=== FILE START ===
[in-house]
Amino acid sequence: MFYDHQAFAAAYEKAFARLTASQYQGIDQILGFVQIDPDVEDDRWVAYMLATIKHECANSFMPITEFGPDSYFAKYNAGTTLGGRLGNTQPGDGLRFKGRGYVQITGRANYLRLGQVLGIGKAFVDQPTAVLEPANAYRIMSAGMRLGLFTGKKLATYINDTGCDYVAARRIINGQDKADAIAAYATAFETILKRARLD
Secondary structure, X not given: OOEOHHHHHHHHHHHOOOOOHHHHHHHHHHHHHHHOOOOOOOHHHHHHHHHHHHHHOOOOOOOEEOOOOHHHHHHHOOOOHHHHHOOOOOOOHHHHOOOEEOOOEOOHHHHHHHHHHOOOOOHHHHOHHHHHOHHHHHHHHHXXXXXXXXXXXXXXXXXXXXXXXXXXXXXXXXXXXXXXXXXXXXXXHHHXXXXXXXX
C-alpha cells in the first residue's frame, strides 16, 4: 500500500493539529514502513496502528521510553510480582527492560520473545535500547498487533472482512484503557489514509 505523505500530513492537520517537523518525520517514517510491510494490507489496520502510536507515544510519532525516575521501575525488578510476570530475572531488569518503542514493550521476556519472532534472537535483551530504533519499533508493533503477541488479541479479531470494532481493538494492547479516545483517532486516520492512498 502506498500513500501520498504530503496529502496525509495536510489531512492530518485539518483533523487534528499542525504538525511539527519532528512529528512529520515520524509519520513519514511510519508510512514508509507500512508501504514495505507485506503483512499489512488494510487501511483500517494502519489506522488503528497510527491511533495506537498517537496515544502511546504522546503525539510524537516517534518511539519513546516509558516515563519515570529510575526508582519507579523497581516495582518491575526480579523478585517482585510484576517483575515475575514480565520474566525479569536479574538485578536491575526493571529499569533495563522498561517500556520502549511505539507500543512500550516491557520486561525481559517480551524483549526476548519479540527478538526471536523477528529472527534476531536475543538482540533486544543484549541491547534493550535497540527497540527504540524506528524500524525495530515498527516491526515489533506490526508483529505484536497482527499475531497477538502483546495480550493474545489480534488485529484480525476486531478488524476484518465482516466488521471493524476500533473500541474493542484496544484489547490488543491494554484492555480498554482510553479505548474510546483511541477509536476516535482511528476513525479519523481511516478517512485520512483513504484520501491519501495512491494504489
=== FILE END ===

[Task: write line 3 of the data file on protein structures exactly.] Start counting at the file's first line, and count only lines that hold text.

Secondary structure, X not given: OOEOHHHHHHHHHHHOOOOOHHHHHHHHHHHHHHHOOOOOOOHHHHHHHHHHHHHHOOOOOOOEEOOOOHHHHHHHOOOOHHHHHOOOOOOOHHHHOOOEEOOOEOOHHHHHHHHHHOOOOOHHHHOHHHHHOHHHHHHHHHXXXXXXXXXXXXXXXXXXXXXXXXXXXXXXXXXXXXXXXXXXXXXXHHHXXXXXXXX